A hysterectomy is a major surgery with significant physical and emotional implications. By understanding the types of hysterectomies, preparing adequately, asking the right questions, and knowing what to expect during recovery, you can navigate this journey with confidence and informed decision-making. Always work closely with your healthcare team to ensure the best possible outcomes for your health and well-being.

For more information, support, and resources, consider joining support groups or seeking guidance from healthcare professionals specializing in women's health. Your journey through a hysterectomy can be smoother with the right knowledge and support.

  1. American College of Obstetricians and Gynecologists (ACOG). (2020). Hysterectomy. Retrieved from ACOG

  2. Mayo Clinic. (2021). Hysterectomy. Retrieved from Mayo Clinic

  3. National Institutes of Health (NIH). (2022). Hysterectomy. Retrieved from NIH

  4. Cleveland Clinic. (2021). Hysterectomy: Purpose, Procedure, and Risks. Retrieved from Cleveland Clinic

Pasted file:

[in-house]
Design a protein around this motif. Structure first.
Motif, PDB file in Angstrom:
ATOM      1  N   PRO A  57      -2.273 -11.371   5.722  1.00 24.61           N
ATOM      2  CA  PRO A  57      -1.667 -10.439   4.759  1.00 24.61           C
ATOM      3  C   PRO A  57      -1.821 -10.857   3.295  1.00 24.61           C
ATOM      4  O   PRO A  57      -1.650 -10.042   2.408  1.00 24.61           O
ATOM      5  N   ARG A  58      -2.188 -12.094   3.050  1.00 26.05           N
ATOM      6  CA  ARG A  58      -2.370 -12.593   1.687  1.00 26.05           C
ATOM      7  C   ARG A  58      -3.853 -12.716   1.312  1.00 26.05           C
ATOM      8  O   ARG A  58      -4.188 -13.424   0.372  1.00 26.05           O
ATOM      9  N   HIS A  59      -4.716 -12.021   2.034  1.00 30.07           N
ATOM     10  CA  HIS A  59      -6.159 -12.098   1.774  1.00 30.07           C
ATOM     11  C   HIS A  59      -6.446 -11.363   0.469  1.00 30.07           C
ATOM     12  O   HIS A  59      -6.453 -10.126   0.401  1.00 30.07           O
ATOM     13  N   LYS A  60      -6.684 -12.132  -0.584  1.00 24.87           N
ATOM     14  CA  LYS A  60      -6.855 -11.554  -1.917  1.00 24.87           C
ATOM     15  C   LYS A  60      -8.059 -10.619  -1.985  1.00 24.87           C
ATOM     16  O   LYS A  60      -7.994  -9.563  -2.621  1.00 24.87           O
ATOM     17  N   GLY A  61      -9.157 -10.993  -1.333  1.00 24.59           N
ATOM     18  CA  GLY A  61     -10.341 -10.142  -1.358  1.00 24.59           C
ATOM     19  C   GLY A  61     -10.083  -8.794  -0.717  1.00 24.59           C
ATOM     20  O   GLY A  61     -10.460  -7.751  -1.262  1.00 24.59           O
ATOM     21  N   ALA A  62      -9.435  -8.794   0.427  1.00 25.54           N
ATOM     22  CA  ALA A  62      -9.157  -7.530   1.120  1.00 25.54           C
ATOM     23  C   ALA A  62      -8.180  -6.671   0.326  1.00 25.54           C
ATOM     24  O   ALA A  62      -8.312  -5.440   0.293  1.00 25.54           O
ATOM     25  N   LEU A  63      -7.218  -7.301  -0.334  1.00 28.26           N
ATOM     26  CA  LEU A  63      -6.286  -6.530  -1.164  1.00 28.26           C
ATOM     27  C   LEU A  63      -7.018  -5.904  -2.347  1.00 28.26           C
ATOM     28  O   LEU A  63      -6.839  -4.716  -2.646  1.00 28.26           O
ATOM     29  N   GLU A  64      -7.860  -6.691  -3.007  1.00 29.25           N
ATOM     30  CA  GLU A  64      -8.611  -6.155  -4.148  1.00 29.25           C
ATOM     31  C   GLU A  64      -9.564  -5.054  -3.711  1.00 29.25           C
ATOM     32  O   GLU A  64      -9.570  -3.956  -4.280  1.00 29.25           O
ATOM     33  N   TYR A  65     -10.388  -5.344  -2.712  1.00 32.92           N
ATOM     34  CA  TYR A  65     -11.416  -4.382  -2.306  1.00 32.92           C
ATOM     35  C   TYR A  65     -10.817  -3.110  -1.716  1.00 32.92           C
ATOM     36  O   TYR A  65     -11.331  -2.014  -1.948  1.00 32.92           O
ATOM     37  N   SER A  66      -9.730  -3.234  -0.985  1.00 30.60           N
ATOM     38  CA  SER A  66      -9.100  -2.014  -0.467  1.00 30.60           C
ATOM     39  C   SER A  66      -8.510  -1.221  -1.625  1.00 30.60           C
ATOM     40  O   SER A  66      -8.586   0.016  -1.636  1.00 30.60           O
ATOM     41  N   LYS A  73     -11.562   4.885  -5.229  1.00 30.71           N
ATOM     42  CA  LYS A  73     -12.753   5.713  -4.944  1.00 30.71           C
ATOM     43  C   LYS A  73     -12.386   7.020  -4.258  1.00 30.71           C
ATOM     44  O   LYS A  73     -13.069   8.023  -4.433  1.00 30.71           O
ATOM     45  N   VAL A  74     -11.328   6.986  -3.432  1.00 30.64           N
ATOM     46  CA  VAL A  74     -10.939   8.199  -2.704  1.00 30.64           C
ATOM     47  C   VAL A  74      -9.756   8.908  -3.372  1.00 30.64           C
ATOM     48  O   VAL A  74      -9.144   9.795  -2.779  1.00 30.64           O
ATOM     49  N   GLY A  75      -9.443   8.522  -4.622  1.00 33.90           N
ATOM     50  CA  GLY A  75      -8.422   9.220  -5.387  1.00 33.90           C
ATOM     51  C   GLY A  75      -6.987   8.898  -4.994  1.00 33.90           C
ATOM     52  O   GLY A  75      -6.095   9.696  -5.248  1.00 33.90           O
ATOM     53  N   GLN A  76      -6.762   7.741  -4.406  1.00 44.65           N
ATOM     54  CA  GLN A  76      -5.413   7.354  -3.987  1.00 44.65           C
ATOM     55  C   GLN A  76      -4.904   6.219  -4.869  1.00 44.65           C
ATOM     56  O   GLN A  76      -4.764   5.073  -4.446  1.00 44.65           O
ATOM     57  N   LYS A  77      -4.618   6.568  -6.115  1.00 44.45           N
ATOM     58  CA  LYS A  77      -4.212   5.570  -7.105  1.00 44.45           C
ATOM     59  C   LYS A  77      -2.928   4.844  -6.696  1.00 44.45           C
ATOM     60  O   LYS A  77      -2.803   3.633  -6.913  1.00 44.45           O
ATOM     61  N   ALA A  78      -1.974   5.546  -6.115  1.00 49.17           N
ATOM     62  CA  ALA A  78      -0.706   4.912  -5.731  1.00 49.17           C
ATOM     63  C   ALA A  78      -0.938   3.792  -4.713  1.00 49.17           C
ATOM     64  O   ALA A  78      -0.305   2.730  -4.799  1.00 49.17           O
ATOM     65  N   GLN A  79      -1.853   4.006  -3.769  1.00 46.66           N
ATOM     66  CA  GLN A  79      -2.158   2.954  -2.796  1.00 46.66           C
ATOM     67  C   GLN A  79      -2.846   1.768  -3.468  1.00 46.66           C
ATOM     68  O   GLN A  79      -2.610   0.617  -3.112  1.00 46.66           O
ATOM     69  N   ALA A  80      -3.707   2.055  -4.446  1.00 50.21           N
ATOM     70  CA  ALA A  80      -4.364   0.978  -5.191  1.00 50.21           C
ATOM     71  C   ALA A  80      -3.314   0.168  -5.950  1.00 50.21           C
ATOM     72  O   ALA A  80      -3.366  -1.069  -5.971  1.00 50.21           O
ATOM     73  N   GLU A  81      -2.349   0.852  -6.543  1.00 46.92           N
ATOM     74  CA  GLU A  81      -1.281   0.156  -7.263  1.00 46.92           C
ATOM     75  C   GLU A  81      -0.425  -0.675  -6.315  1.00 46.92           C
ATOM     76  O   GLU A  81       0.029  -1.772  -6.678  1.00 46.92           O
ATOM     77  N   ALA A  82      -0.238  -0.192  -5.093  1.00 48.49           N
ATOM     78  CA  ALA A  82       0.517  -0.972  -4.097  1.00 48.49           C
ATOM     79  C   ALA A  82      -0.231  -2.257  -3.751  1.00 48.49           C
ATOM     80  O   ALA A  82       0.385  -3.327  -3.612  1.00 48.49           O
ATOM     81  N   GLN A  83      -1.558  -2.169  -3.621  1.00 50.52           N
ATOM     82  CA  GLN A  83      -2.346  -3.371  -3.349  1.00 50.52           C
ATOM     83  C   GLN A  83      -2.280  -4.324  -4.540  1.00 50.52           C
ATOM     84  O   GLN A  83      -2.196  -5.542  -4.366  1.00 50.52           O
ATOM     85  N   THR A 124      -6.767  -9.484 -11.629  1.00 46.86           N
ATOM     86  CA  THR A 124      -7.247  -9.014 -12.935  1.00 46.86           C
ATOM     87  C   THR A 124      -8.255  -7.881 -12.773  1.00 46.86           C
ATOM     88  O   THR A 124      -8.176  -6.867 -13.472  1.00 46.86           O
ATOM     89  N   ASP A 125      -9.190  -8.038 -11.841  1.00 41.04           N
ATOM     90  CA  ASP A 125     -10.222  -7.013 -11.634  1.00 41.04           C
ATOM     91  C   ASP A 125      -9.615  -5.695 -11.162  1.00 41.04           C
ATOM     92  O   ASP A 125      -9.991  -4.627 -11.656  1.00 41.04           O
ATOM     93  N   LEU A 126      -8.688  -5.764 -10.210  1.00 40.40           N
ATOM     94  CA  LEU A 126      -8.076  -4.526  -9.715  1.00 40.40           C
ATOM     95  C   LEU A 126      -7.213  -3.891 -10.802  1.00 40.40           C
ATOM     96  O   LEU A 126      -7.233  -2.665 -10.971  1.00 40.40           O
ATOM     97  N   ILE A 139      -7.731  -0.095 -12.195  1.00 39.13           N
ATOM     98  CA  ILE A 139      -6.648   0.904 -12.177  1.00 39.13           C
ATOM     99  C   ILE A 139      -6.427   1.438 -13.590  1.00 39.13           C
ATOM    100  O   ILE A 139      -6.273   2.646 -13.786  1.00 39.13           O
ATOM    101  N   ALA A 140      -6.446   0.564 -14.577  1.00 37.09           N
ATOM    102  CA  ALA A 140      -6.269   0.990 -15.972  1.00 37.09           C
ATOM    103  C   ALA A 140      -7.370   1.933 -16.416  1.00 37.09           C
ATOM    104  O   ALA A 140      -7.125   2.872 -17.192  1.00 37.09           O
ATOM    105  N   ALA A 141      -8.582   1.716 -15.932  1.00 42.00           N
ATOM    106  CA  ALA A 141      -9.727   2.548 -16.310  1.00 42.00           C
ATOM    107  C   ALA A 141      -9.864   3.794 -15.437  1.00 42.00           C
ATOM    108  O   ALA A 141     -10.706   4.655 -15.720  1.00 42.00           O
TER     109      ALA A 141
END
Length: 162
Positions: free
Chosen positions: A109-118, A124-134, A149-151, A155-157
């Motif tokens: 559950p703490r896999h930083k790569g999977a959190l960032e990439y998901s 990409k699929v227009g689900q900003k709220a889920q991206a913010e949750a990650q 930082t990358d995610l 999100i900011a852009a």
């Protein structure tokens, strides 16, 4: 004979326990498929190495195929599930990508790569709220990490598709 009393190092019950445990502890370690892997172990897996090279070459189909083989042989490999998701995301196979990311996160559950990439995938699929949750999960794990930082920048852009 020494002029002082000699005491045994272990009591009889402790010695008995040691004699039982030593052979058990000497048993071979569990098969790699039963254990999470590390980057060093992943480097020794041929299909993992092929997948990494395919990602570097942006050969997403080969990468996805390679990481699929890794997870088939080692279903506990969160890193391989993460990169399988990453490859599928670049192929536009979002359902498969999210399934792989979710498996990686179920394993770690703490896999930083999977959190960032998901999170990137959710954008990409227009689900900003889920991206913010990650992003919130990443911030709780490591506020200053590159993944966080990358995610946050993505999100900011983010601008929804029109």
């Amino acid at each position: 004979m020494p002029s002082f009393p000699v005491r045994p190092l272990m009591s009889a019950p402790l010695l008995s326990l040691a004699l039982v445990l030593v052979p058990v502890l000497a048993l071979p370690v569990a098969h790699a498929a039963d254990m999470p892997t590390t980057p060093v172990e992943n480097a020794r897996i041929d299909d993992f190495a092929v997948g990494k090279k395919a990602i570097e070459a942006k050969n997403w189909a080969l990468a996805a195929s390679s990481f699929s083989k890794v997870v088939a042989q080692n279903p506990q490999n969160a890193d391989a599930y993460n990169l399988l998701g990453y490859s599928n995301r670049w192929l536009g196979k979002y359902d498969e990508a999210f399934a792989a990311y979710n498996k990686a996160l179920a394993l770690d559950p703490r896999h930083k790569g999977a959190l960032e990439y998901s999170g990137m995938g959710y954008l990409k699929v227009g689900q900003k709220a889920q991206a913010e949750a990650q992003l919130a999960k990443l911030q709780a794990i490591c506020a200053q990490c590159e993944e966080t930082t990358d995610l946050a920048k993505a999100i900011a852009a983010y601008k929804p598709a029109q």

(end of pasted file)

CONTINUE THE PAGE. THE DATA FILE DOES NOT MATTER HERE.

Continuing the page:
5. WebMD. (2021). Hysterectomy. Retrieved from WebMD

  6. Interview with Dr Zoe Rodriguez Life Before and After Hysterectomy

  7. Interview with Dr Jocelyn Wallace Pelvic Floor After Hysterectomy


If you want to support this women’s health podcast, leave a review for Fempower Health on iTunes or Spotify.

Spread the awareness and share this episode with someone you know!

Support and connect with Fempower Health's women’s health community:


The information shared by Fempower Health is not medical advice but for informational purposes to enable you to have more effective conversations with your doctor.  Always talk to your doctor before making health-related decisions. Additionally, the views expressed by the Fempower Health podcast guests are their own and their appearance on the program does not imply an endorsement of them or any entity they represent.


bottom of page